Using vibrations to detect high wear rates in rolling contact fatigue tests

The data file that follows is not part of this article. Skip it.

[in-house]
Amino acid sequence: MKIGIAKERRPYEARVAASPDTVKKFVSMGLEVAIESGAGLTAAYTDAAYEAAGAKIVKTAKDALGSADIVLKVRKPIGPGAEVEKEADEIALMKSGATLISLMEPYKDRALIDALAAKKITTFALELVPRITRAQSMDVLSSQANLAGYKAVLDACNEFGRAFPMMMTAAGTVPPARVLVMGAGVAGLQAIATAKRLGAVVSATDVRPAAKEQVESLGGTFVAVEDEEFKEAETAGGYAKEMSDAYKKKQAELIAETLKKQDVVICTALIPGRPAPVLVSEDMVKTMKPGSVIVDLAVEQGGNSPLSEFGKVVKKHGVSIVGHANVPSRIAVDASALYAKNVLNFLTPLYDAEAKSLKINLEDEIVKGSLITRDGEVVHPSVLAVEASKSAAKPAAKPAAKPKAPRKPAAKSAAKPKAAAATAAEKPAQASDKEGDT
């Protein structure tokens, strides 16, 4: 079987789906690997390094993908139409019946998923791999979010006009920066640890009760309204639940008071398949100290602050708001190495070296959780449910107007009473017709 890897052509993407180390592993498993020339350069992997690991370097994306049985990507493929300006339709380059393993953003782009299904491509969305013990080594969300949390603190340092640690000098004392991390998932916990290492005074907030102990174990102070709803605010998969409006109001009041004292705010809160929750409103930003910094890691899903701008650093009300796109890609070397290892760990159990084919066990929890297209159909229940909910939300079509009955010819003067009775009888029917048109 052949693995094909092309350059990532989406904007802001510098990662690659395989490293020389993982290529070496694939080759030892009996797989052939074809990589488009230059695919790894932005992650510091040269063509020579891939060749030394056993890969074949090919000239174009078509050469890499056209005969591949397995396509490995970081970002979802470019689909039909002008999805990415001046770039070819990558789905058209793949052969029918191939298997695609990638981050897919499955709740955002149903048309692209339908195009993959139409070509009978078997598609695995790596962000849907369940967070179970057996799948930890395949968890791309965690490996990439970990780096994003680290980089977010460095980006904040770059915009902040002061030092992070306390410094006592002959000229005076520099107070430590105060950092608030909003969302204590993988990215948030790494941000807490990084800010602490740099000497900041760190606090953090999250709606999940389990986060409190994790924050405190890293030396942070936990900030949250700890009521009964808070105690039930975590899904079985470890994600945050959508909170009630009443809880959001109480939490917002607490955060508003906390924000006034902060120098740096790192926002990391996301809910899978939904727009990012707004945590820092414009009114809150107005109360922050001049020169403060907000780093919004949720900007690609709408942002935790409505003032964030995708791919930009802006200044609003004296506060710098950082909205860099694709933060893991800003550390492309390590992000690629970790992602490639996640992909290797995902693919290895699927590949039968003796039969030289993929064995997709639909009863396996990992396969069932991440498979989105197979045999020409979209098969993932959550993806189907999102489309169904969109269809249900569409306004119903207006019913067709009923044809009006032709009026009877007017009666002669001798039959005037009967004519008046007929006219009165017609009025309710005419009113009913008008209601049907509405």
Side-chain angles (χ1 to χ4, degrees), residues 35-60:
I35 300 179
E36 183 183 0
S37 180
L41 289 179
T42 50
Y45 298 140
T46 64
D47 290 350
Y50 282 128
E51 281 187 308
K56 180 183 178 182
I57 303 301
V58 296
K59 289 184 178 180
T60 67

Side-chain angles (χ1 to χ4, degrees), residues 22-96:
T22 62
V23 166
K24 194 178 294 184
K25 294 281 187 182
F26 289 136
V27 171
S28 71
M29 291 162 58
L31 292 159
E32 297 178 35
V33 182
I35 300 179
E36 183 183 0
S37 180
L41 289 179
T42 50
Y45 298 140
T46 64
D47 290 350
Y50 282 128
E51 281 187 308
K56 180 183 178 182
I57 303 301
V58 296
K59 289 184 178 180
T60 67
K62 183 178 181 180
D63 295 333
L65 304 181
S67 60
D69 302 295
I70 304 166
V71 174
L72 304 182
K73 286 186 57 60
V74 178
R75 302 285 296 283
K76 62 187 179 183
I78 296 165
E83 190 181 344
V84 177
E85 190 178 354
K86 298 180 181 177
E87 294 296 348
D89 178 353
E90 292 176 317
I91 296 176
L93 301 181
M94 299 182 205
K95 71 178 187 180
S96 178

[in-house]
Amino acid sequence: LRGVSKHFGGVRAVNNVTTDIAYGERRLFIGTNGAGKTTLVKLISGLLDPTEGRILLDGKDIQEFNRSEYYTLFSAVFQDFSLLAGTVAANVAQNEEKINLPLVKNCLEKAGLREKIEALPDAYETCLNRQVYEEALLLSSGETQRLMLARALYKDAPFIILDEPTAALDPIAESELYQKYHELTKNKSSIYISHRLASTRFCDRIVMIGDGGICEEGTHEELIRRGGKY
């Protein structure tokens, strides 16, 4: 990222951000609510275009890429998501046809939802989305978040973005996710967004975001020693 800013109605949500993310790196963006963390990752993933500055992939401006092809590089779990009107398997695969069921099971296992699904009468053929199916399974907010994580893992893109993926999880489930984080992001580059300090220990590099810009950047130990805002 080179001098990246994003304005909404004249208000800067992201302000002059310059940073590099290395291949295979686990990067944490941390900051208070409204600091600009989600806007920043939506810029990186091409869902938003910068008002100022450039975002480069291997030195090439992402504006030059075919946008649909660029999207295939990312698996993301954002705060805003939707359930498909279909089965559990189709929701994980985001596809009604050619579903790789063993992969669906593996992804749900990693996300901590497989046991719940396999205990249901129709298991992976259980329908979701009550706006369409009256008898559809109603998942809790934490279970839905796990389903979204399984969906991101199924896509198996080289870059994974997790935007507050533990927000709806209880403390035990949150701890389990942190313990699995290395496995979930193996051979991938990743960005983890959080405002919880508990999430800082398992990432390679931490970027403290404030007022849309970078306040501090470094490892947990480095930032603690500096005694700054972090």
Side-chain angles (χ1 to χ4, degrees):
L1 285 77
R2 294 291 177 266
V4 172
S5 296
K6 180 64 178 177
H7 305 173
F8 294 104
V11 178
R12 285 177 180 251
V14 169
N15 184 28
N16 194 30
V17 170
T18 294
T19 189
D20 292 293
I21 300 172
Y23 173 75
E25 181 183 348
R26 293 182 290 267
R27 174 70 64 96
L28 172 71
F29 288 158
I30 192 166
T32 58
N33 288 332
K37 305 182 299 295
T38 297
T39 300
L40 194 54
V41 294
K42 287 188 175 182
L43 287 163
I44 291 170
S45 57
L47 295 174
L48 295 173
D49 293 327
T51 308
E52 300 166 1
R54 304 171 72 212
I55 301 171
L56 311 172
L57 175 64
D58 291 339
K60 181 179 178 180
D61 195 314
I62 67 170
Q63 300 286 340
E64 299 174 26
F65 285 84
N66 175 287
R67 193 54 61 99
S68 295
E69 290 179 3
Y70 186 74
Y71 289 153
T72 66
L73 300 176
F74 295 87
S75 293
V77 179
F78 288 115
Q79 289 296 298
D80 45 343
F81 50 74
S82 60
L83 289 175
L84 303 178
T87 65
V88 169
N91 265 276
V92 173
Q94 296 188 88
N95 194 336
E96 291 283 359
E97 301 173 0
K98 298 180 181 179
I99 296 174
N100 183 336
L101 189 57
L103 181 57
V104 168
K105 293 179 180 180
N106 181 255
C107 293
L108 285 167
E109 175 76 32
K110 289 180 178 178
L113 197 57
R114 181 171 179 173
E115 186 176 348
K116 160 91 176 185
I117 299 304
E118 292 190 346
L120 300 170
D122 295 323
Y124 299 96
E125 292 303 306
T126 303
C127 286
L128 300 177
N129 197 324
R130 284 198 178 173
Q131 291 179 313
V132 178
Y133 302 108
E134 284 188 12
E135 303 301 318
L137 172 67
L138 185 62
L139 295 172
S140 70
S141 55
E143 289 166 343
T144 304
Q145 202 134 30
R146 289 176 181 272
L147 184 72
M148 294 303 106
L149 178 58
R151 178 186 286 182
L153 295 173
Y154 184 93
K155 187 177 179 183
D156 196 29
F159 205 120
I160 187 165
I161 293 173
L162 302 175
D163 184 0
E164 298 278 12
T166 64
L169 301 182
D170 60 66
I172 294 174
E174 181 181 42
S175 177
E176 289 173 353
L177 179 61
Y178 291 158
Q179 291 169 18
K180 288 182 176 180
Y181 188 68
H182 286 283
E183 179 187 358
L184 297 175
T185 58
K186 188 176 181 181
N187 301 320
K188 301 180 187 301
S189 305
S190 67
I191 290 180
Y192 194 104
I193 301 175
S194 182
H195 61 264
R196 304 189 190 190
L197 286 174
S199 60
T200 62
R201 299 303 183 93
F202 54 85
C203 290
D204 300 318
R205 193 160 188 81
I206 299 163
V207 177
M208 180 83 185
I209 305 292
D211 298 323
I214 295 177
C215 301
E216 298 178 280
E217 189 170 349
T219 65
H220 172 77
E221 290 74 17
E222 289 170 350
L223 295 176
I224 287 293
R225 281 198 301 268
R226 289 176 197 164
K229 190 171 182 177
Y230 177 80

AbstractRolling contact fatigue (RCF) plays a critical role in railway components, and the characterization of materials used, in terms of RCF life, is still an open task, made complex by the interactions of different phenomena. The contact surface has a direct impact on the pressure exerted and can change during the test, due to wear. The procedure proposed consists in using vibrations of a test bench during RCF?life tests to identify when wear increases and causes a quick flattening of the specimen’s surface, and when this process is complete. The procedure is applied to two case studies regarding wheel and rail steels. In the tests, a wheel steel specimen rotates against a rail steel specimen, while pressed against each other by a constant force. At regular intervals weight loss and surface analysis are performed, while vibrations and torque are monitored continuously. Destructive tests are carried out at the end of each test. Results from non?destructive measurements were used to provide input data to a numerical simulation, used to determine the cyclic plasticity properties of the material. The methodology proposed shows the potential application of vibration measurements for detecting wear rates thus allowing supporting or partially supplanting destructive testing.
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